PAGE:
Solar Charge Controller for charging Batteries
Created: Jun 24, 2015
No description available.
Solar Charge Controllers are voltage and/or current regulators that protect batteries from overcharging. It automatically adjusts the voltage/current level coming from the solar panel to provide the necessary power required by the battery to be recharged. Usually 12V solar panels doesn't really give a fix 12V output. The reason is that the panel can just give an ideal power to the battery when it is cool, under perfect conditions, and full sun. Also, a fully charged 12V battery is around 12.7V, so the solar panel has to put out at least that much under worst case conditions. But the solar charge controller must also regulate the voltage coming from the panel to avoid damage to the battery.
There are two types of charge controllers most commonly used in today’s solar power systems: Pulse Width Modulation (PWM) and Maximum Power Point Tracking (MPPT). In this circuit, it implements the PWM type. The circuit uses a microcontroller as its brain to decide the amount of power that will be delivered to the battery. The microcontroller senses the voltage level from the solar panel and also from the battery by using its analog reader pins A0 and A1, respectively. Based on the results, the microcontroller will adjust the duty cycle of the PWM signal that it sends to the base of the P2N2222A transistor to adjust the amount of charge being delivered to the battery passing through the MOSFET IRF9540. The microcontroller here is powered by the 12V battery, but since the microcontroller operates at 5V, the circuit uses a DC-DC converter to step-down the 12V battery to 5V.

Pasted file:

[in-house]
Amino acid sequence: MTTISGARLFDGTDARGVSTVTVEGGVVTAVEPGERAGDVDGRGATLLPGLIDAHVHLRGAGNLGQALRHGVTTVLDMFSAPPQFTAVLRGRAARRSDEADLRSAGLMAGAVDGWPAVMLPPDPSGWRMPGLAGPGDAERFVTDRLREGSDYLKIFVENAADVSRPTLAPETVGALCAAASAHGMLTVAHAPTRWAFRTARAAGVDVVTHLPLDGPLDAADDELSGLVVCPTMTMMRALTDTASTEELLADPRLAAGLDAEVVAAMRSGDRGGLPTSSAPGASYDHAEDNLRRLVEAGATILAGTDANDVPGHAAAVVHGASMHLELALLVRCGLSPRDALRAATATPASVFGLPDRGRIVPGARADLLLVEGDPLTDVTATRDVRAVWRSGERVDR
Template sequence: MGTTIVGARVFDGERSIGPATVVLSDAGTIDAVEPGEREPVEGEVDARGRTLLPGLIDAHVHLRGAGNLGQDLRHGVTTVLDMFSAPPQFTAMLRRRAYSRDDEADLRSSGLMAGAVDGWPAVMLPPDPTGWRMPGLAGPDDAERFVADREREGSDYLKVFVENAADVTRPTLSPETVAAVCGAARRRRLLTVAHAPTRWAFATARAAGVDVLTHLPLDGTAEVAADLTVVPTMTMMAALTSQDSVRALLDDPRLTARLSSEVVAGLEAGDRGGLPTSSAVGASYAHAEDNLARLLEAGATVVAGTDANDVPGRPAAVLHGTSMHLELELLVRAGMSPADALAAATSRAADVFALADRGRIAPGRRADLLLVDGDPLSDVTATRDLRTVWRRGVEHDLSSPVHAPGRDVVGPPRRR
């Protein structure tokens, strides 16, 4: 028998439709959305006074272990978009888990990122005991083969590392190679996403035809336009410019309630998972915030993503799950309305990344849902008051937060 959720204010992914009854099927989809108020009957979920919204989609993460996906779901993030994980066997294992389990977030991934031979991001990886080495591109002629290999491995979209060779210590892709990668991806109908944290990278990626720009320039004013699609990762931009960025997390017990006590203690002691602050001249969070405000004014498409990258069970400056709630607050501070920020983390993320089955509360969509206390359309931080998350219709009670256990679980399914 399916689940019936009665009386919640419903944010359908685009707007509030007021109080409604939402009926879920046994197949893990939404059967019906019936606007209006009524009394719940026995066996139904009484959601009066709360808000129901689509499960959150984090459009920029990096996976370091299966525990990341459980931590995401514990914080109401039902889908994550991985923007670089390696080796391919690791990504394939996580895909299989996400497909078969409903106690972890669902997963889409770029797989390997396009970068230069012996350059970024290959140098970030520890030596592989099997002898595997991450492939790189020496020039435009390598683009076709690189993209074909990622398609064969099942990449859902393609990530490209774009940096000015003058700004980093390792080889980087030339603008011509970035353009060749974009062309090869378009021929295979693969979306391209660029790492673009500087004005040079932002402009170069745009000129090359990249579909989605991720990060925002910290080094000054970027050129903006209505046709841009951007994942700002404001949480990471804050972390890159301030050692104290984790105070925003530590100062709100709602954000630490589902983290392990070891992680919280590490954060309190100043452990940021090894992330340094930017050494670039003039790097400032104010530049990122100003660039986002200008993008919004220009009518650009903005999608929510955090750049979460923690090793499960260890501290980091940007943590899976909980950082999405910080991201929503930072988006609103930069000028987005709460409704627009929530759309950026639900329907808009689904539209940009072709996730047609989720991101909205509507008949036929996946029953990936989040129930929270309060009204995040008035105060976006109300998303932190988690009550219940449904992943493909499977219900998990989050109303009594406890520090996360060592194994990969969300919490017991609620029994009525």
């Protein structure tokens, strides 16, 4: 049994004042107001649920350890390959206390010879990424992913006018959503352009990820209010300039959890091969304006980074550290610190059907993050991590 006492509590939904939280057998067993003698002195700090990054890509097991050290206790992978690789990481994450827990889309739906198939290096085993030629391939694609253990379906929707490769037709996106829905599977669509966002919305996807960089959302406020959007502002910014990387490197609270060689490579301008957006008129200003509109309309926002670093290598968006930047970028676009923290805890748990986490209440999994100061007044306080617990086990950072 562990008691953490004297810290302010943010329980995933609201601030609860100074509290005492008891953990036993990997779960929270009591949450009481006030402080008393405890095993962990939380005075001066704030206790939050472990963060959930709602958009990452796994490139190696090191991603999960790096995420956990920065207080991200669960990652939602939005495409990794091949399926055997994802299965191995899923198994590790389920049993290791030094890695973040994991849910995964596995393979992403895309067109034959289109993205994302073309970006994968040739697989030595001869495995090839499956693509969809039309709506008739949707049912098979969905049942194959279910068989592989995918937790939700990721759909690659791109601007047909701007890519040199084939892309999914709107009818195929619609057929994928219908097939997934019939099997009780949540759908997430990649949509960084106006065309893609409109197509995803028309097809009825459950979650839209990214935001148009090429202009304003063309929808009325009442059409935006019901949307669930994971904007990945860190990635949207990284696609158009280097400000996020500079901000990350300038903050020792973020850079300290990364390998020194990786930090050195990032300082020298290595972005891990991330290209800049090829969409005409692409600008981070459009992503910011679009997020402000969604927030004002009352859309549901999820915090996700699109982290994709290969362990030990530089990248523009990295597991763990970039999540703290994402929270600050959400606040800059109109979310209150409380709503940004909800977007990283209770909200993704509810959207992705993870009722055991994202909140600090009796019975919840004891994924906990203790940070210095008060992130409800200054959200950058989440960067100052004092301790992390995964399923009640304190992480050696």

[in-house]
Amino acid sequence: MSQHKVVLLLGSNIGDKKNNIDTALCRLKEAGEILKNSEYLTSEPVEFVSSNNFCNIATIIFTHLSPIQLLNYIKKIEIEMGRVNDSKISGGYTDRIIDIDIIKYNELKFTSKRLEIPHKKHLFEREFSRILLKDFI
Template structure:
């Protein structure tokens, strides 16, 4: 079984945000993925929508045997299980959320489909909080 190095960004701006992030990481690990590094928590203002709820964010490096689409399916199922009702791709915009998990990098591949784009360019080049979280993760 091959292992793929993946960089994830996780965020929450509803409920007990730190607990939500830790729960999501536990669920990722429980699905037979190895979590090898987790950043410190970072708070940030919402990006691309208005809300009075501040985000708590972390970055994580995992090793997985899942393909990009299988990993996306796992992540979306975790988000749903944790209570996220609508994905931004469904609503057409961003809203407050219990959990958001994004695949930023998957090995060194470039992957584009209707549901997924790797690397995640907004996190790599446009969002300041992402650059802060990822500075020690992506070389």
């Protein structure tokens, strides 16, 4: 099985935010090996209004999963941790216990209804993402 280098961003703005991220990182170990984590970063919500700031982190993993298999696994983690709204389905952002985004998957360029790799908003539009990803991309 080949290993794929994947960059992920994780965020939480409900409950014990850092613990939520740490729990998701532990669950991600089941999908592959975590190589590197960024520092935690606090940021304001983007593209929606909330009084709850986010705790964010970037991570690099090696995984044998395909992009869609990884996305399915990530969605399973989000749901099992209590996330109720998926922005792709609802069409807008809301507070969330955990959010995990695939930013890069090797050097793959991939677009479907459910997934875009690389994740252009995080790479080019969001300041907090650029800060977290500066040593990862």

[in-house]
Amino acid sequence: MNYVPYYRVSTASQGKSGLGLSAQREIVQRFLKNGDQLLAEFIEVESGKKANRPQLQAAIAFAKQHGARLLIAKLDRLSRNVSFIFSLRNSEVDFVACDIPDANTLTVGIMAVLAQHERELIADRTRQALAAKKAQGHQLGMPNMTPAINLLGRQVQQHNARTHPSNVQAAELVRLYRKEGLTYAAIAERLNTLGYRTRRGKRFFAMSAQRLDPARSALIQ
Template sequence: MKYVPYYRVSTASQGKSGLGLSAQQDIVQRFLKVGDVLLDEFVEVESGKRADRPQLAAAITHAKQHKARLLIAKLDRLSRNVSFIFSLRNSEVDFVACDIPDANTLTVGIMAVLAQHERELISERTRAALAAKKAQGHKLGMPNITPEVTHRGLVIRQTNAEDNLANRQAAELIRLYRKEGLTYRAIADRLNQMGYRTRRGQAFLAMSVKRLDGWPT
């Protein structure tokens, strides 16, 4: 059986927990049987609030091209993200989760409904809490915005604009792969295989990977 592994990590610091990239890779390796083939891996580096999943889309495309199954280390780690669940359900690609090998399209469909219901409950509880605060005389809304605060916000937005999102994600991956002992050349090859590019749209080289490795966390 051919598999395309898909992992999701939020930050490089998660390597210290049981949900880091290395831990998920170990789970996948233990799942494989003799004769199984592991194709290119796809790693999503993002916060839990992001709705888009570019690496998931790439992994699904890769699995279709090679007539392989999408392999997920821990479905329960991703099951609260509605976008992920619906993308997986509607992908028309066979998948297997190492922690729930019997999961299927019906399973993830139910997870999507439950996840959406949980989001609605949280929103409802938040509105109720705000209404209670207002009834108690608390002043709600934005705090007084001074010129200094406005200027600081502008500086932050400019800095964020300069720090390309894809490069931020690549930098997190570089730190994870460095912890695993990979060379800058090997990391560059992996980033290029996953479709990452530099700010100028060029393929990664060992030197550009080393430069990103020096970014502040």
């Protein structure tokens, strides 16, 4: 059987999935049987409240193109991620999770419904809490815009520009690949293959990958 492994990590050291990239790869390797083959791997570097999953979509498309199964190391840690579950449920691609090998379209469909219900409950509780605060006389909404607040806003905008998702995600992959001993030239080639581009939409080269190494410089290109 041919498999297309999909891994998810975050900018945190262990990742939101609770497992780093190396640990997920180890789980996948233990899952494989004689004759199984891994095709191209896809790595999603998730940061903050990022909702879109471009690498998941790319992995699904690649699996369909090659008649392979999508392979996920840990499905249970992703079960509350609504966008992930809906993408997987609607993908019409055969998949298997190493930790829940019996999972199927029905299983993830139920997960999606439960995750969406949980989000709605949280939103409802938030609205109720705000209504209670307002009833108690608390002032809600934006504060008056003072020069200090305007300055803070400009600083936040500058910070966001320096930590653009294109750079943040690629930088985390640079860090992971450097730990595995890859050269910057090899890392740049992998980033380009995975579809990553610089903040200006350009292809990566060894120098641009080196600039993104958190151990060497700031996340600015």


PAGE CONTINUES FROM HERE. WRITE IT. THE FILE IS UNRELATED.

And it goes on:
Since charging batteries requires the components to be placed outdoor, high quality cables and protective molded boots must be used to ensure that the links connecting the solar panel to the charge controller and to the battery is working properly 24/7. By using TE Connectivity 202K132-25L-0 heat shrink boots, we can protect the cables from corrosion or any elements that causes the link to fail. It can resist fluids that may come in contact to solar panel and battery terminal lugs and damage it. It can also withstand from electrical voltages up to 15MV/meter. This shrink boot is rugged and yet very light weight. Additional protection, like fuse and diodes, are also used in this circuit to avoid surge current or reverse polarity that may damage the circuit.